Google-Writing is Vapid and Superficial

Google-Writing is Vapid and Superficial

James McAdams | May 17th, 2020


I’ve learned to identify writing that relies too much on Googling for details. The problem is that this kind of Google-Writing is vapid and superficial. I see this in my recently published collection Ambushing the Void, my own writing classes, and as an editor and reader for literary journals. Characteristics of this affliction: unnecessary erudition and quoting, specialized details (oceanography, Iberian cuisine, the evolution of the DSM), everything a tad too perfect. Anecdotally, as an editor for Barren Magazine, I sometimes see descriptions (of characters’ faces, tropical resorts) copy/pasted from online dating profiles or Trip Advisor sites. In my own collection, I see arcane discussions of ARPANET, POTS syndrome, the history of obituaries, etc. I realize of course that writers have researched before the Internet, but I’m not the only one who sees this as a notable trend. Writing in Uncanny Valley, her account of millennial S.F./Github start-up culture, Anna Weiner describes trying to read after a long day of surfing the ‘Net for work:

Sometimes I worried about my internet habits and forced myself away from the computer, to read a magazine or book. Contemporary literature offered no respite: I would find prose cluttered with data points, tenuous historical connections, detail so finely-tuned it could only have been extracted from a feverish night of search-engine queries […] Oh, I would think, turning the page. The author is addicted to the Internet too.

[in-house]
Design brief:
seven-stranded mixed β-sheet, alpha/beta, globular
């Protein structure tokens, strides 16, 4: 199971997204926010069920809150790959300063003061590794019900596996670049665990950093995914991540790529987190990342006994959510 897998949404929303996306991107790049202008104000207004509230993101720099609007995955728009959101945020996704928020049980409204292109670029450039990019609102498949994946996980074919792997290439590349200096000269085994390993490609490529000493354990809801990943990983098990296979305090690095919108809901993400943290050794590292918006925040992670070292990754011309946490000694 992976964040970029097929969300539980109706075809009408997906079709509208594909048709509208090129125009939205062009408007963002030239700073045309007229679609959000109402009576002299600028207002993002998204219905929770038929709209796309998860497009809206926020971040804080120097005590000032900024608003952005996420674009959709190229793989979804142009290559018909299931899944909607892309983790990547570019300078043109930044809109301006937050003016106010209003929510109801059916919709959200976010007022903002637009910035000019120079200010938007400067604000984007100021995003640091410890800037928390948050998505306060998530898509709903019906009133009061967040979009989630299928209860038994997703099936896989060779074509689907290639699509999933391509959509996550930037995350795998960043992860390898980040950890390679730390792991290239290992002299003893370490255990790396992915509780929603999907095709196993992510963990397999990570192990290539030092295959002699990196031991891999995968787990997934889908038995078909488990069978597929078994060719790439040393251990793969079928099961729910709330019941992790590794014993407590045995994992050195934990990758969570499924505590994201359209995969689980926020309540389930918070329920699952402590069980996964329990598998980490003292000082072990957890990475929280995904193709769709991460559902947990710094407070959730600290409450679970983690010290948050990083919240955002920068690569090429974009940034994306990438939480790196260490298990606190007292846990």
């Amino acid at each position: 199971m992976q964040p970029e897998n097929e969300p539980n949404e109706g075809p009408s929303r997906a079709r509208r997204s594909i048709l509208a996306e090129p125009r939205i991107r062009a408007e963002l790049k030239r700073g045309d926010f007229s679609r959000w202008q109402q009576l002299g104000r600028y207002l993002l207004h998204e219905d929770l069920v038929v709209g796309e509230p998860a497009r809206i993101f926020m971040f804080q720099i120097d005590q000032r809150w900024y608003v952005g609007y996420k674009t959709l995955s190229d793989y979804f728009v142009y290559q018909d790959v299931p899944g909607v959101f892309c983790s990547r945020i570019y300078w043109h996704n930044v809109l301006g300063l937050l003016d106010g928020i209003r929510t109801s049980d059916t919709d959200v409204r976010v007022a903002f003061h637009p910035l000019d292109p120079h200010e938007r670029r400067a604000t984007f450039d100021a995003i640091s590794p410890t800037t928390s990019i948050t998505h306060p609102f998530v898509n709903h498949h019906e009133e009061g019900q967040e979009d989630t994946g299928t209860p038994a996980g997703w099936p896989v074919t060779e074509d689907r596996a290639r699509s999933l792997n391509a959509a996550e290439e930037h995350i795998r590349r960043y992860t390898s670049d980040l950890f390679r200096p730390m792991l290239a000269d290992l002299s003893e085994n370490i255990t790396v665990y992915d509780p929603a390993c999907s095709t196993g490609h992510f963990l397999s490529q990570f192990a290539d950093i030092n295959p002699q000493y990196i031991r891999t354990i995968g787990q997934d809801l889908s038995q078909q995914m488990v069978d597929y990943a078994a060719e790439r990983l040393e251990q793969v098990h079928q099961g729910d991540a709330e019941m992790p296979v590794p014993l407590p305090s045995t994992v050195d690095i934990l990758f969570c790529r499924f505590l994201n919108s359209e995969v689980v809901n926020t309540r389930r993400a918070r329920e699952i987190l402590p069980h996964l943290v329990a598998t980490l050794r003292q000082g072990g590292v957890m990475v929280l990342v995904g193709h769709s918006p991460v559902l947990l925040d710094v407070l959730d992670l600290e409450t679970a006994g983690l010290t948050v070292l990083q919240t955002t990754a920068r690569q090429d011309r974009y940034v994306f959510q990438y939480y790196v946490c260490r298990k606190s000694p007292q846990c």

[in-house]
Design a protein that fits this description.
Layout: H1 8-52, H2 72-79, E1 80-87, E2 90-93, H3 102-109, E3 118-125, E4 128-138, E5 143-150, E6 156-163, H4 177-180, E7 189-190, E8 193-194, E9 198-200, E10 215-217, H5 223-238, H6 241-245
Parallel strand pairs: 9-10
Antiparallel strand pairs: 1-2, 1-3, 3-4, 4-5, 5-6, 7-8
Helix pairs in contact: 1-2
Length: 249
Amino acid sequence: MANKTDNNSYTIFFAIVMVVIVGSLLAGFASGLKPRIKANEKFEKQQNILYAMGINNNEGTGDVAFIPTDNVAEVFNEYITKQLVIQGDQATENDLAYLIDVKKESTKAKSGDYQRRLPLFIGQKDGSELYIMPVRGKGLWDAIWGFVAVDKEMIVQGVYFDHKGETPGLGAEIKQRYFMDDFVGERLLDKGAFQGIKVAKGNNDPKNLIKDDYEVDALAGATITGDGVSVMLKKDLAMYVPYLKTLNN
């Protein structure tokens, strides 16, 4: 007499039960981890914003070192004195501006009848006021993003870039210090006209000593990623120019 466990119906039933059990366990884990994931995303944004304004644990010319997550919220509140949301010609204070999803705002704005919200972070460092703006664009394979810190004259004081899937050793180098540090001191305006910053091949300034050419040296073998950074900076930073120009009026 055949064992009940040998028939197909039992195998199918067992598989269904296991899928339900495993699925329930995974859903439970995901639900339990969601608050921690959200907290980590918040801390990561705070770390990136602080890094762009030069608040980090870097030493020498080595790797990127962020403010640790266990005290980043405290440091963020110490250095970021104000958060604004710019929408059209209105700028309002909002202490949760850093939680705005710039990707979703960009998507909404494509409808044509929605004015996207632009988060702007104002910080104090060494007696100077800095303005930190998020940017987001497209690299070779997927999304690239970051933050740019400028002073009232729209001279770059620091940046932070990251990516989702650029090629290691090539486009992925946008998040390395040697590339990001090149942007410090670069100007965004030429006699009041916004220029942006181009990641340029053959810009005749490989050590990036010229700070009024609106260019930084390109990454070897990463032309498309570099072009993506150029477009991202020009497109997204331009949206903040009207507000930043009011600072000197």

As an example, remember I’m writing a book about rehabs. Here is a paragraph I wrote about some meds that the narrator’s in charge of dispensing to the residents (or clients). This is a job I had way back in the day: 

At Derek Jeter Rehab Center-Delray, meds are dispensed between 7 pm and 9 pm. I’d start with the early sleepers at the sober house on 999 Swinton, then swoosh on Freaky Fred’s moped through the back alleys and garbage docks behind the strip mall to the sober houses on 9th and 10th streets, between the head shops and the Amscot. I dispensed Suboxone, SSRIs, SNRIs, B-Vitamins, and retrovirals for the needle users. On a PRN basis I gave them: hemorrhoid cream, Midol, hydrocortisone, aloe vera for suntan relief, dimethicone for chapped lips, Immodium A-D., ativan. Sadonna was the last client to move into the “renovated” Bugle Sea Motel after Tara overdosed.

So does this look authoritative? I know 80% of this from research (actual research) but “dimethicone for chapped lips,” for instance, was a result of Googling “medication for chapped lips,” since many people in recovery have chapped lips…I’m not sure why this is, maybe a nervous habit or maybe systemic dehydration. 

Another sentence from the story/chapter: “We secretly called them “Coins,” as in cryptocurrency.” Here I wanted to suggest that I was an “insider” with actual knowledge of the various subterranean terms insiders would use. This comes from Urban Dictionary, which is always open when I’m writing. 

This is too easy, right? Experience has to be hard-earned, research comes from love and dedication, good writers are products have a developed or intuitive sense for details. But all of this can be simulated almost 100% in less than a minute with a search engine. I’m a hypocrite, but I think writers should stop doing this. The alternative, however, is….what is the alternative? 



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